Now I live in an almost 10,000 square foot Federal house (not including barn storage) and it is bursting with our collections and family "stuff". It is its own museum, of two families coming together and two sets of four generations plus of things: letters, books, china patterns, silver, memorabilia, the chaff of life. I often get wistful for my apartments of the past when I was forced to keep things simple--by budget or design. There are days I am my own worst enemy with the amount of things we must go through or put away (my office has been torn up for months as I try to file papers, etc.).

I write this today because I realize, since starting this blog, that I haven't been back to Curves to workout and I've done little else with my computer time. This is partly because my children have been on spring vacation and the week before that my schedule was disrupted by several glitches. I realize how I crave aerobic exercise and I was beginning to get a regular infusion of it.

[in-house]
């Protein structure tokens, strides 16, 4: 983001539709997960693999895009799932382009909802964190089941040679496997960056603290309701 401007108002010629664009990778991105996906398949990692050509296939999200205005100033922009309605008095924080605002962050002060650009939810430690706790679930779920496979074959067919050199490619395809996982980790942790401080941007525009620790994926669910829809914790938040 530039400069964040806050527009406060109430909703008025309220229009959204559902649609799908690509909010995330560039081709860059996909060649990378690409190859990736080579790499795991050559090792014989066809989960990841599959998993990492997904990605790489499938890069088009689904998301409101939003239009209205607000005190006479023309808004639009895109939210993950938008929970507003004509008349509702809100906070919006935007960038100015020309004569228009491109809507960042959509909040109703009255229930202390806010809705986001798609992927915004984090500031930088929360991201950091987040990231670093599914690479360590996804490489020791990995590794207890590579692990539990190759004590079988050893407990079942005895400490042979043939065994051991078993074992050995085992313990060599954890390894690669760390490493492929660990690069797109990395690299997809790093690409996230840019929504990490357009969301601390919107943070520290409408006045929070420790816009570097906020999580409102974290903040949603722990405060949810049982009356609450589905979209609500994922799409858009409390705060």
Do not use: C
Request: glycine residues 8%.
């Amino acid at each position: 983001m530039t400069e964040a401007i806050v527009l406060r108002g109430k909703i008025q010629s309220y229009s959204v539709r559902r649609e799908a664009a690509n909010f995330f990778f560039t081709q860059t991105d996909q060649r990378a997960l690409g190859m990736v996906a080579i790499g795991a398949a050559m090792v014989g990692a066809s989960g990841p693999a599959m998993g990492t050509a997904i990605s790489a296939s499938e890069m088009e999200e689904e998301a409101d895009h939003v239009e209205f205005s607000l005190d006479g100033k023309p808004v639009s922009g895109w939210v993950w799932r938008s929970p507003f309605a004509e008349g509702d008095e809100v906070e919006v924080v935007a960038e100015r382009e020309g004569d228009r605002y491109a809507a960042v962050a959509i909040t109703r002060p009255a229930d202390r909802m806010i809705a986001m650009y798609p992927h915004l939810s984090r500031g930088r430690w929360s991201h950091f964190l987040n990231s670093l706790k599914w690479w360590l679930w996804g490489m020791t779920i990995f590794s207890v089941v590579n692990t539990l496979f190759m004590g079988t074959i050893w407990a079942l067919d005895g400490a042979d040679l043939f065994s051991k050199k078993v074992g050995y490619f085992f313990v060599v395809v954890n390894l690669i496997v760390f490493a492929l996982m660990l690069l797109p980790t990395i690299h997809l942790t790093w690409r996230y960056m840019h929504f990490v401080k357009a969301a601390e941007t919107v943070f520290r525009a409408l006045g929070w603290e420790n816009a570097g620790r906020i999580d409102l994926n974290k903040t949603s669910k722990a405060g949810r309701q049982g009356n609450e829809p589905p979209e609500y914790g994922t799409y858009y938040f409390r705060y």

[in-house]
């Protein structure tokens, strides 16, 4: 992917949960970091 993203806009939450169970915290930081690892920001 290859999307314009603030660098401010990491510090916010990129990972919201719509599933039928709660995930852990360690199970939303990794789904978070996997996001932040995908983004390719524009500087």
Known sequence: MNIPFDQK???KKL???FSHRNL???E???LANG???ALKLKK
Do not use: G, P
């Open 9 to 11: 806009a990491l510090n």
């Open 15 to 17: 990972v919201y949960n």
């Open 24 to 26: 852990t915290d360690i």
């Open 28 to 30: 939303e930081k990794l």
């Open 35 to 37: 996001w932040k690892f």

So back we go again tomorrow. Like anything else, a lifestyle change takes time to ingratiate itself into our psyche. It is all too easy for me to start a writing routine, like a blog, or several hours each day at the computer or in my office just writing (and soon I will have to be even more judicious about that). It is even harder for me to integrate regular exercise. Unlike my days in Boston where walking two miles or more was standard, not to mention the ups and downs of my fifth floor Victorian eyrie, living in the country requires a car. Unless doing hard physical labor on a farm, we have to make time to exercise and that takes time to do and think about. Before I would throw upon the large Italianate double doors of my museum home and walk out of them, knowing my feet would carry me to whatever my destination.